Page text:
Southern Baptists Denounce Alt-Right, Greg Laurie Joins SBC, Examining Fatherlessness, SCOTUS Disparages Disparagement


SBC Denounces Alt-Right. The Southern Baptist Convention (SBC), the nation’s largest Protestant denomination, denounced “alt-right white supremacy” in a near-unanimous vote at its annual meeting last week. The vote came after the SBC the day before failed to bring a similar resolution out of its Resolutions Committee to the floor for a vote. According to Baptist Press, “It appeared maybe fewer than 10 messengers in the Phoenix Convention Center hall voted in the afternoon session against a resolution on ‘the anti-gospel of alt-right white supremacy.’” But the resolution ultimately passed, and it calls on Southern Baptists to “decry every form of racism, including alt-right white supremacy, as antithetical to the Gospel of Jesus Christ.” Russell Moore, who leads the SBC’s Ethics and Religious Liberty Commission, spoke in favor of the resolution, saying, “Racism and white supremacy are not merely social issues. Racism and white supremacy attack the Gospel itself and the person of our Lord Jesus Christ.”

Greg Laurie Joins Southern Baptists. While we’re on the subject of the SBC: Greg Laurie and his 15,000-member Harvest Christian Fellowship have come into the Southern Baptist Convention. In addition to pastoring a California mega-church, Laurie leads stadium-sized Harvest Crusades around the country, has served on the board of the Billy Graham Evangelistic Association, and has advised President Trump. In a prepared statement, Laurie said, “I’ve invested my life in the Calvary fellowship of churches while working with countless Christians from nearly every other denomination. I’ll continue to do just that, and I also look forward to continuing to build bridges between our communities. I appreciate the SBC’s focus on evangelism, and I look forward to partnering with them and all believers who have a passion for evangelism. The need in our country and the world is so great.”

Examining Fatherlessness. You probably don’t need to be told that we have a fatherhood crisis in this country. According to Kids Count, about 35 percent of American kids are in single-parent homes. In African-American families, that number is 66 percent. These data are not in dispute, but a new study is causing many to wonder if conventional wisdom about why we have so many single-parent homes needs revision. A new study, “Doing The Best I Can: Fatherhood in the Inner City ,” says most absentee dads are not the stereotypical deadbeat dads, but—according to New York Times columnist David Brooks, who summarized the study—they are men “filled with earnest resolve. They begin to take the relationship more seriously and commit to the kid during infancy. According to the Centers for Disease Control and Prevention, black single fathers are more involved in their kids’ lives than white single fathers at this stage.” But “Doing the Best I Can” authors Kathryn Edin and Timothy J. Nelson say that resolve quickly turns to despair as even the best efforts of these mostly young, mostly uneducated, mostly minority men meet daunting challenges at every turn. Conservatives won’t love every solution they propose, solutions that often include a bigger role for government, but “Doing the Best I Can” is a helpful addition to the conversation about the causes of fatherlessness, and what we can do about it.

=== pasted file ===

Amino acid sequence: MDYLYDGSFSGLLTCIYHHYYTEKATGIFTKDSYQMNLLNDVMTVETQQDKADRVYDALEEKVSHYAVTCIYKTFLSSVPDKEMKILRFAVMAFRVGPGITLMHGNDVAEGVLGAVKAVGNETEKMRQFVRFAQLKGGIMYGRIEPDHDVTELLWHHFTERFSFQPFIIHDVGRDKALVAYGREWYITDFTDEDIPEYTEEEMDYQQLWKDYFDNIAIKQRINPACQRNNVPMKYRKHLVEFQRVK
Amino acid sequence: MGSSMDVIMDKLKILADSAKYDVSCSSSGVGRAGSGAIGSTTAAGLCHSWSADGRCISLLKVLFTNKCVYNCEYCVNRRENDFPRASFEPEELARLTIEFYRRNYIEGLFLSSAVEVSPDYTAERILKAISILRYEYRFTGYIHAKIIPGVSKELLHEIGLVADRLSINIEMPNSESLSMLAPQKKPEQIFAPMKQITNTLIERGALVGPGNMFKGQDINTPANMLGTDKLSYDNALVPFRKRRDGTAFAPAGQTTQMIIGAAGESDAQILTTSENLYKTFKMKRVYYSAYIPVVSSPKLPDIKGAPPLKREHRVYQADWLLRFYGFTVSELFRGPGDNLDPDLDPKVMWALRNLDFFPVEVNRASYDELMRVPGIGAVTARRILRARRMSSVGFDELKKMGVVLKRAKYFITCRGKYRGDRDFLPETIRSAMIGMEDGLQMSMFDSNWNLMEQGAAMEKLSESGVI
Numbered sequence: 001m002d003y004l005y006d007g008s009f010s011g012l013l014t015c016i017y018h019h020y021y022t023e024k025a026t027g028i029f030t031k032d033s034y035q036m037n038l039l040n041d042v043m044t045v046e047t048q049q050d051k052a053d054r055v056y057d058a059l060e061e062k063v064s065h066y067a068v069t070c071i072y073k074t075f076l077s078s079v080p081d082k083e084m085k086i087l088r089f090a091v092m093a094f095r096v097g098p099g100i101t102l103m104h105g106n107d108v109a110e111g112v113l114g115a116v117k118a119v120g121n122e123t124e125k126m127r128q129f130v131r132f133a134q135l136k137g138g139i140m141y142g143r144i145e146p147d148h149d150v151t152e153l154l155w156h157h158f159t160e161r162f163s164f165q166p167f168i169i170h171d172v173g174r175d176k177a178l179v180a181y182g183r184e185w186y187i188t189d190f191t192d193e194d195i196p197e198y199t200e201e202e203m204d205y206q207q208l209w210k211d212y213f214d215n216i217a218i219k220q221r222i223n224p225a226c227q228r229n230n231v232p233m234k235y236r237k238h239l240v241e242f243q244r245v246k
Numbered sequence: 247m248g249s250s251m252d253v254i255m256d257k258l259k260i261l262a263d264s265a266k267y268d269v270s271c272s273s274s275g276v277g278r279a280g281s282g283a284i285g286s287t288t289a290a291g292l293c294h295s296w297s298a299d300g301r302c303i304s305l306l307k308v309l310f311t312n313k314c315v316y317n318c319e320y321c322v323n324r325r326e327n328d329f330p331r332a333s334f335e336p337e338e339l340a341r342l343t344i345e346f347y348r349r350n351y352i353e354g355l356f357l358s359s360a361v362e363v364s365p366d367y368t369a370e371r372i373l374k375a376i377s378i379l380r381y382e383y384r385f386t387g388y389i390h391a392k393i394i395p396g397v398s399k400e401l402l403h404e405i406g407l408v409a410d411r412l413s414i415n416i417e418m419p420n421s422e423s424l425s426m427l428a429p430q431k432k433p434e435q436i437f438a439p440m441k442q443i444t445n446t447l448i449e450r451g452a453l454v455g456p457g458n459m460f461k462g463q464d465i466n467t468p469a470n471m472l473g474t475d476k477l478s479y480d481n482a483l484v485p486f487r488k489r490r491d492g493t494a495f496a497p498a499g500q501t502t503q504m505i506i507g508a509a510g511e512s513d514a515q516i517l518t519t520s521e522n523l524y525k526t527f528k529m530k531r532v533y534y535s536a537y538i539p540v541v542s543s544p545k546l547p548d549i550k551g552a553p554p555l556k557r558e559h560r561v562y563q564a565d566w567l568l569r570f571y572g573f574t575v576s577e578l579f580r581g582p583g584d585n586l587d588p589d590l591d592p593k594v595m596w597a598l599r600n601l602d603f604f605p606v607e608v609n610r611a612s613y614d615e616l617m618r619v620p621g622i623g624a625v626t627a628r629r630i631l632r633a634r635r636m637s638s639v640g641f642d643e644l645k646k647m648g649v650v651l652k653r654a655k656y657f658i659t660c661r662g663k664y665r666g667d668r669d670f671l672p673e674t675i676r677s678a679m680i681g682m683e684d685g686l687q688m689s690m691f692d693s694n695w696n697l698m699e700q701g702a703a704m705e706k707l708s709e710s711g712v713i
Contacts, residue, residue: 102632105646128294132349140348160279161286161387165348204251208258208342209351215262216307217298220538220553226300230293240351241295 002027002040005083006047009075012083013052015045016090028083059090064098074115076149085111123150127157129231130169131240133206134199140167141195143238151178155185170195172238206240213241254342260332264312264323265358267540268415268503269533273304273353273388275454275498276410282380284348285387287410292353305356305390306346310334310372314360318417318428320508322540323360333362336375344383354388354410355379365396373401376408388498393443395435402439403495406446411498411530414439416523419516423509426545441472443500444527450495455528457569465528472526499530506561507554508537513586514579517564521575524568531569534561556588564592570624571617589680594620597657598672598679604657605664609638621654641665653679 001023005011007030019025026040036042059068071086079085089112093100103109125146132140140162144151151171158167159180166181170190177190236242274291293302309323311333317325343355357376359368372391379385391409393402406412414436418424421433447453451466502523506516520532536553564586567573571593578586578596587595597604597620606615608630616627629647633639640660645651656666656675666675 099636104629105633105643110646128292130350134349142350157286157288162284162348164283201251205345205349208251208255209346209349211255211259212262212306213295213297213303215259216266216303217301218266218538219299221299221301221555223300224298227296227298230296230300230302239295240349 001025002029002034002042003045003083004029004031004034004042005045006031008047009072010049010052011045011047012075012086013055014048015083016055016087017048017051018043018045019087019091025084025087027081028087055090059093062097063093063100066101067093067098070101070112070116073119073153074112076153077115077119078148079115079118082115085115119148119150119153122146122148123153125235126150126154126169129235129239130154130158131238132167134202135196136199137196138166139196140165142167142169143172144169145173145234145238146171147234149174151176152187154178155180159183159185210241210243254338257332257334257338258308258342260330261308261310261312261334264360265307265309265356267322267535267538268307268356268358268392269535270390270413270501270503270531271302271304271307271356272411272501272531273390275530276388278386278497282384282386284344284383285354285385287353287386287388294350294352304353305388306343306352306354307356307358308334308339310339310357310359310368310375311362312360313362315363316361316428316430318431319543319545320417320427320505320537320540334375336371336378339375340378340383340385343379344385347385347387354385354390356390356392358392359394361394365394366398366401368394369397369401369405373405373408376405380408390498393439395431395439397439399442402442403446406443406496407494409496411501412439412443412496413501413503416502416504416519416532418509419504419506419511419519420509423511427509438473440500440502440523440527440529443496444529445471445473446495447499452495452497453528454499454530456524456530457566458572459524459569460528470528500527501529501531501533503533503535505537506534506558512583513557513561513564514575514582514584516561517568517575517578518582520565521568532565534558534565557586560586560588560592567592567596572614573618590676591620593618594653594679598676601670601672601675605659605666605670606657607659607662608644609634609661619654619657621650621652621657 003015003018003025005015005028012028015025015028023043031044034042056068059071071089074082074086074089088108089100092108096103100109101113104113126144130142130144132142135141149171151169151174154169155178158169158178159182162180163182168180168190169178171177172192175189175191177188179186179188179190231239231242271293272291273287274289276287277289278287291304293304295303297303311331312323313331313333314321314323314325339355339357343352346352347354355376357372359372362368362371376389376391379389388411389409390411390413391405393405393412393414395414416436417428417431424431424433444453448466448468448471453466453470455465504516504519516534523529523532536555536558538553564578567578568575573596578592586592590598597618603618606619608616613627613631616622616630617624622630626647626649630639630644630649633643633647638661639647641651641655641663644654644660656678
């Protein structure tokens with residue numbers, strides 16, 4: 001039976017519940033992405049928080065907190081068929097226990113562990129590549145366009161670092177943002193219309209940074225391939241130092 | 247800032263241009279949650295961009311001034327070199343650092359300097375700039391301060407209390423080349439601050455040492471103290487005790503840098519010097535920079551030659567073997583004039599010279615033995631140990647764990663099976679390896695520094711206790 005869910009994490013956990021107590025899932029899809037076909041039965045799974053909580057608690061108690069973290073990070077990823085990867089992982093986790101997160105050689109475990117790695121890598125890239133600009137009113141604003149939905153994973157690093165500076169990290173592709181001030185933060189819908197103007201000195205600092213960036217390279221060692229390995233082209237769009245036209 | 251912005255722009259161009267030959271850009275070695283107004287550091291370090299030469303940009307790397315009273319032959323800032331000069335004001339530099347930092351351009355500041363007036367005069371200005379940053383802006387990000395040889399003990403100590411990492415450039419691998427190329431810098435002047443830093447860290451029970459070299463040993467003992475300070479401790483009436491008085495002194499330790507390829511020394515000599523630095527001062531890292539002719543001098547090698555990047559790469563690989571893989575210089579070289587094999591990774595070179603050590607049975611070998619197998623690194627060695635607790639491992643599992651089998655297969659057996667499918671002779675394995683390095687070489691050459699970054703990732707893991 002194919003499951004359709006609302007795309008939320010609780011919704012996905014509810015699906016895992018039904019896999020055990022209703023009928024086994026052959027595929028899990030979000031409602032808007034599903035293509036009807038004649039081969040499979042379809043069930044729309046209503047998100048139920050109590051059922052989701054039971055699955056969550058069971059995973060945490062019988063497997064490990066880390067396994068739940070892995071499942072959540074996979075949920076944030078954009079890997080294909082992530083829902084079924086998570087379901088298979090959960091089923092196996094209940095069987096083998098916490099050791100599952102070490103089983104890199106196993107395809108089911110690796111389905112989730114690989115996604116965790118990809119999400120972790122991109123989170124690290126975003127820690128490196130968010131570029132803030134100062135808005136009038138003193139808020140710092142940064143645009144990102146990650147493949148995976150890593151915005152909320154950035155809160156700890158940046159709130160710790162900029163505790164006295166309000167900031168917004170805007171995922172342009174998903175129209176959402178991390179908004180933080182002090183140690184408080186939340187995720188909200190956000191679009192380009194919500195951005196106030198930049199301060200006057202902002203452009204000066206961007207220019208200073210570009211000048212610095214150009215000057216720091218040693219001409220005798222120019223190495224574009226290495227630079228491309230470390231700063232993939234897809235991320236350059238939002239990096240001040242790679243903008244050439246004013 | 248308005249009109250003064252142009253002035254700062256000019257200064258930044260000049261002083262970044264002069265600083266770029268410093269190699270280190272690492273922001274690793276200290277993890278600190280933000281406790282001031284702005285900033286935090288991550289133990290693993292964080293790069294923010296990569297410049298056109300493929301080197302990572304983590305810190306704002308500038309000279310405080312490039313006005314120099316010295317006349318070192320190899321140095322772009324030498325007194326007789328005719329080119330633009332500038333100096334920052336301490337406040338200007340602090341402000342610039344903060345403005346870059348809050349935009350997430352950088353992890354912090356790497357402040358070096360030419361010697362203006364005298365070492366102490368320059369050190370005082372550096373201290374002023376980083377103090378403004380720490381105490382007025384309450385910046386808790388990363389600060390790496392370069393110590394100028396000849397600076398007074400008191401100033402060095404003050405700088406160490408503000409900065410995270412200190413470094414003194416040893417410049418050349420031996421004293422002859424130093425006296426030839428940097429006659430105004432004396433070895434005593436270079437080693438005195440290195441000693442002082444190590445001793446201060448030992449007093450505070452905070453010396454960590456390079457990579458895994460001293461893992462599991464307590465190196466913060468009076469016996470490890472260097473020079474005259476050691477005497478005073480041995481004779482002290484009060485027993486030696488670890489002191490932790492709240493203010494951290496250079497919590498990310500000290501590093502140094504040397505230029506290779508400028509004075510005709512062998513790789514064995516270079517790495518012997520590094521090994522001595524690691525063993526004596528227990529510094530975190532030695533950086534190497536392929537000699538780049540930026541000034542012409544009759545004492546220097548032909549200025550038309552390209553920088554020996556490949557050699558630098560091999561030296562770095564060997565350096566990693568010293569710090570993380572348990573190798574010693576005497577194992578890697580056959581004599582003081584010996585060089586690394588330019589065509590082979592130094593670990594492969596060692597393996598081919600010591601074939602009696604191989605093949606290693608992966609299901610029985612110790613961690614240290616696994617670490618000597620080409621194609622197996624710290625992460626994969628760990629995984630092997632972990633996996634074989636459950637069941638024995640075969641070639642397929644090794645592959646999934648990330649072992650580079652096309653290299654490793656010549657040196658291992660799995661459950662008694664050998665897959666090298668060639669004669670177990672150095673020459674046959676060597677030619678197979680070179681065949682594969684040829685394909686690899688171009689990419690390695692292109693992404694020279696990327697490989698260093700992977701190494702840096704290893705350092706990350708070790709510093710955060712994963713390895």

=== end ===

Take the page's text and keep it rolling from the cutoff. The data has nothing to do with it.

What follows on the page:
A New Slant on Disparagement. The Supreme Court ruled that a rock band called The Slants, made up of Asian-Americans could trademark the name, even though some people might consider the name offensive. The federal government had previously refused the band’s trademark application. However, the Monday decision ruled that the so-called “disparagement clause” in trademark law is unconstitutional. That clause had prohibited trademarks that “may disparage . . . persons, living or dead, institutions, beliefs, or national symbols, or bring them into contempt, or disrepute.” The decision was unanimous, and it also had support from groups on all sides of the political spectrum. The liberal American Civil Liberties Union, a lesbian group, and Becket Law (formerly the Becket Fund for Religious Liberty) all supported the band. Becket Law’s brief said the disparagement clause could be used to stifle religious expression and would require the government to “adjudicate religious differences.”

Image courtesy of nd3000 at iStockPhoto by Getty Images. Illustration designed by Heidi Allums.

Warren Cole Smith is an investigative journalist and author as well as the Colson Center vice president for mission advancement.

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